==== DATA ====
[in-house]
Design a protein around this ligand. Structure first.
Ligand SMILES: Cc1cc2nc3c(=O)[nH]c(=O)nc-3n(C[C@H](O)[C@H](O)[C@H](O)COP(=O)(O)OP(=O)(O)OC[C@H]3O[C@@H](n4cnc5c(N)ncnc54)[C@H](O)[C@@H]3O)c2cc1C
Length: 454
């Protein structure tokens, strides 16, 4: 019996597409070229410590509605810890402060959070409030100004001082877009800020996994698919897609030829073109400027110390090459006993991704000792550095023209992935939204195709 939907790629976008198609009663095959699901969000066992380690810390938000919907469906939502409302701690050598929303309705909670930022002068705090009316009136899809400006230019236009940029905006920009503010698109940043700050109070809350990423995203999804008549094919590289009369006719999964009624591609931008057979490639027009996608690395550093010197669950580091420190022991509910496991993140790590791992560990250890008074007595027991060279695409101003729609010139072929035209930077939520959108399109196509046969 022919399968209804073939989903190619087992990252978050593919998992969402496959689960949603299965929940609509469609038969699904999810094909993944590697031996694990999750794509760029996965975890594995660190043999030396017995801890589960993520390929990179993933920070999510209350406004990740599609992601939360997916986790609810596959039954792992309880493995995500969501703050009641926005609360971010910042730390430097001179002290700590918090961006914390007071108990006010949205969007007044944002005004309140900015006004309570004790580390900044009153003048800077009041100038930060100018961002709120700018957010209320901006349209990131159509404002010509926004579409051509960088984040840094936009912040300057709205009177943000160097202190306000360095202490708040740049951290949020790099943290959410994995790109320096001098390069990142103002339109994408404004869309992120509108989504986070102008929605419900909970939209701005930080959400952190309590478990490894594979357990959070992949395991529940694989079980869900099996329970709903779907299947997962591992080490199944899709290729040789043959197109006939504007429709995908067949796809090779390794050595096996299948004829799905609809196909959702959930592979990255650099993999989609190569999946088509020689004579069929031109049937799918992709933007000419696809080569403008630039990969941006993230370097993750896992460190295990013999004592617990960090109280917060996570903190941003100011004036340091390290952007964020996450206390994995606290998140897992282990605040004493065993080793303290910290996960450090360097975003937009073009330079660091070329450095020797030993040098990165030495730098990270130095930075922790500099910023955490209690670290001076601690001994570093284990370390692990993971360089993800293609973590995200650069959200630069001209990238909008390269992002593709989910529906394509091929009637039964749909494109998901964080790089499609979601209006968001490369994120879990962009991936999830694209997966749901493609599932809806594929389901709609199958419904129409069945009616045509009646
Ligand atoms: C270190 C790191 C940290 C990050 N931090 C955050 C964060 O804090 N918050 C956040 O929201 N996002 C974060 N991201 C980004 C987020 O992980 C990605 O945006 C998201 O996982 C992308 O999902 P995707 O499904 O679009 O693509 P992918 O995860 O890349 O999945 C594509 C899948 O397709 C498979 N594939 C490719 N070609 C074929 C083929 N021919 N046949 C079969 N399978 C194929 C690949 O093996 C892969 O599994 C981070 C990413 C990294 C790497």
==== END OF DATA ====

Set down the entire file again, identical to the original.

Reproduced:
[in-house]
Design a protein around this ligand. Structure first.
Ligand SMILES: Cc1cc2nc3c(=O)[nH]c(=O)nc-3n(C[C@H](O)[C@H](O)[C@H](O)COP(=O)(O)OP(=O)(O)OC[C@H]3O[C@@H](n4cnc5c(N)ncnc54)[C@H](O)[C@@H]3O)c2cc1C
Length: 454
């Protein structure tokens, strides 16, 4: 019996597409070229410590509605810890402060959070409030100004001082877009800020996994698919897609030829073109400027110390090459006993991704000792550095023209992935939204195709 939907790629976008198609009663095959699901969000066992380690810390938000919907469906939502409302701690050598929303309705909670930022002068705090009316009136899809400006230019236009940029905006920009503010698109940043700050109070809350990423995203999804008549094919590289009369006719999964009624591609931008057979490639027009996608690395550093010197669950580091420190022991509910496991993140790590791992560990250890008074007595027991060279695409101003729609010139072929035209930077939520959108399109196509046969 022919399968209804073939989903190619087992990252978050593919998992969402496959689960949603299965929940609509469609038969699904999810094909993944590697031996694990999750794509760029996965975890594995660190043999030396017995801890589960993520390929990179993933920070999510209350406004990740599609992601939360997916986790609810596959039954792992309880493995995500969501703050009641926005609360971010910042730390430097001179002290700590918090961006914390007071108990006010949205969007007044944002005004309140900015006004309570004790580390900044009153003048800077009041100038930060100018961002709120700018957010209320901006349209990131159509404002010509926004579409051509960088984040840094936009912040300057709205009177943000160097202190306000360095202490708040740049951290949020790099943290959410994995790109320096001098390069990142103002339109994408404004869309992120509108989504986070102008929605419900909970939209701005930080959400952190309590478990490894594979357990959070992949395991529940694989079980869900099996329970709903779907299947997962591992080490199944899709290729040789043959197109006939504007429709995908067949796809090779390794050595096996299948004829799905609809196909959702959930592979990255650099993999989609190569999946088509020689004579069929031109049937799918992709933007000419696809080569403008630039990969941006993230370097993750896992460190295990013999004592617990960090109280917060996570903190941003100011004036340091390290952007964020996450206390994995606290998140897992282990605040004493065993080793303290910290996960450090360097975003937009073009330079660091070329450095020797030993040098990165030495730098990270130095930075922790500099910023955490209690670290001076601690001994570093284990370390692990993971360089993800293609973590995200650069959200630069001209990238909008390269992002593709989910529906394509091929009637039964749909494109998901964080790089499609979601209006968001490369994120879990962009991936999830694209997966749901493609599932809806594929389901709609199958419904129409069945009616045509009646
Ligand atoms: C270190 C790191 C940290 C990050 N931090 C955050 C964060 O804090 N918050 C956040 O929201 N996002 C974060 N991201 C980004 C987020 O992980 C990605 O945006 C998201 O996982 C992308 O999902 P995707 O499904 O679009 O693509 P992918 O995860 O890349 O999945 C594509 C899948 O397709 C498979 N594939 C490719 N070609 C074929 C083929 N021919 N046949 C079969 N399978 C194929 C690949 O093996 C892969 O599994 C981070 C990413 C990294 C790497």